Thursday, November 5, 2009

Further Thoughts on Medicare

From way back when, I proposed a "medicare for all" type program for health care reform. Many people have said that medicare spends too much money and the government-run agency is in the red.  How could I possibly advocate adding to the deficit and rewarding the bureacracy and high costs that medicare pays for services?  I often reply that private insurance costs and profits total about 30% and that medicare with all it's administrative costs total about 6-7%.

I read an article today entitled Congress often blocks Medicare changes that would cut costs McClatchy:
In it, they point out that it is often congress and the health care industry itself that seems to be averse to any money-saving ideas.
"Consider the case of a 1990s pilot project that earned the support of a president, several key legislators and successive Medicare leaders from BOTH PARTIES. A five-year test showed that lumping together payments for doctors and hospitals for some heart surgeries encouraged them to be more efficient and reduced Medicare's cost by 10 percent. The project ran into relentless opposition from doctors and hospitals, however. The result: Congress has never approved the change for widespread Medicare use, and Medicare continues to study the issue."

Medicare has conducted hundreds of tests, called pilots or demonstration projects, since the mid-1970s, but it can't apply them to the entire system without congressional approval. Lawmakers have made other important changes to Medicare, but pilot projects rarely have been the catalyst.

Still, in the overhaul legislation that's working its way through Congress, lawmakers have added provisions that they hope can improve the odds for implementing successful demonstrations. One measure seeks to circumvent the difficulties of getting congressional approval for changes. It would give the secretary of health and human services the authority to expand demonstrations that work; Congress' permission wouldn't be needed.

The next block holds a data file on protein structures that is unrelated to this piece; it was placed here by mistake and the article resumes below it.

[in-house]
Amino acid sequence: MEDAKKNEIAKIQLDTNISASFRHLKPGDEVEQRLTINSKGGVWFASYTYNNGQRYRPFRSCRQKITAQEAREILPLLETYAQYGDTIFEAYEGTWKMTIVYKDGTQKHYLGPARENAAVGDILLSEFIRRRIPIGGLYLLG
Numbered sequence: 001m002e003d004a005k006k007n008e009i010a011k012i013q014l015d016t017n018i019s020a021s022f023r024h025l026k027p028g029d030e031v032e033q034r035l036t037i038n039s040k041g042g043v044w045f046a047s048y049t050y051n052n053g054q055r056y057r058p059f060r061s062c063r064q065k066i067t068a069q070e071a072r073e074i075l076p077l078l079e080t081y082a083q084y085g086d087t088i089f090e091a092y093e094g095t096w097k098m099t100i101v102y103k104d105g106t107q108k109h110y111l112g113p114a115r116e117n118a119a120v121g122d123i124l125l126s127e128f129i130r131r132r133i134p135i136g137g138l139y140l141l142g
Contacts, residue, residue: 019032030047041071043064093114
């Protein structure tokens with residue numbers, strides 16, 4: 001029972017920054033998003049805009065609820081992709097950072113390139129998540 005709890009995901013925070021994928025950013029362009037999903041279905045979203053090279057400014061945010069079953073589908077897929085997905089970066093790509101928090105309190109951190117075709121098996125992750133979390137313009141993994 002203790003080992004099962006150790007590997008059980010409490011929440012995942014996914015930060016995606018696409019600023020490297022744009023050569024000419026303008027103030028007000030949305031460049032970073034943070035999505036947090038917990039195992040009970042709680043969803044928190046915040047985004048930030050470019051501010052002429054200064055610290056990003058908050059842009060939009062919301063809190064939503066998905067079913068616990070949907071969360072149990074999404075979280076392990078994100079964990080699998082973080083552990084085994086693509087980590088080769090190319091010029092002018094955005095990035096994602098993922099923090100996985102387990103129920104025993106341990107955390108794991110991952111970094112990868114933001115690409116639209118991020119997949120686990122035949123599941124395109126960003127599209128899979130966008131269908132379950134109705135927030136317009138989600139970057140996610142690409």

Another would create an "innovation center" that would allow Medicare to pursue promising ideas more quickly. Yet another would set up an independent commission to recommend savings that would be implemented if Congress didn't act.

In 1997, Congress instructed Medicare to test a plan under which suppliers of durable medical equipment — oxygen tanks, diabetes supplies and wheelchairs — would submit bids. Medicare would use the bids to generate a range of prices that it would pay and would require suppliers who wished to sell to its patients to meet those prices. After the demonstration showed a 20 percent savings, legislators in 2003 ordered Medicare officials to expand the program.

However, by 2008, medical supply companies, worried that they'd lose money, pressured lawmakers to reconsider details of the program. Congress came to share the suppliers' view that the bidding process was unfair to smaller companies and delayed the project until 2011.
Why wouldn't it make sense for companies that supply durable goods to which medicare often overpays, to bid on the process to lower our costs?  Why did President Bush refuse to allow us to negotiate with drug companies participating in the huge expansion of medicare part D that he signed?  Why would he not allow cheaper drugs from Canada to be imported?

These are all questions that must be asked.  The President, Congress, and medical service suppliers must be part of the solution, not the problem.  Please don't say "That will never happen."  I say, if a politician isn't on board, vote him out, Democrat or Republican.  If the medical suppliers won't negotiate, don't negotiate with them.

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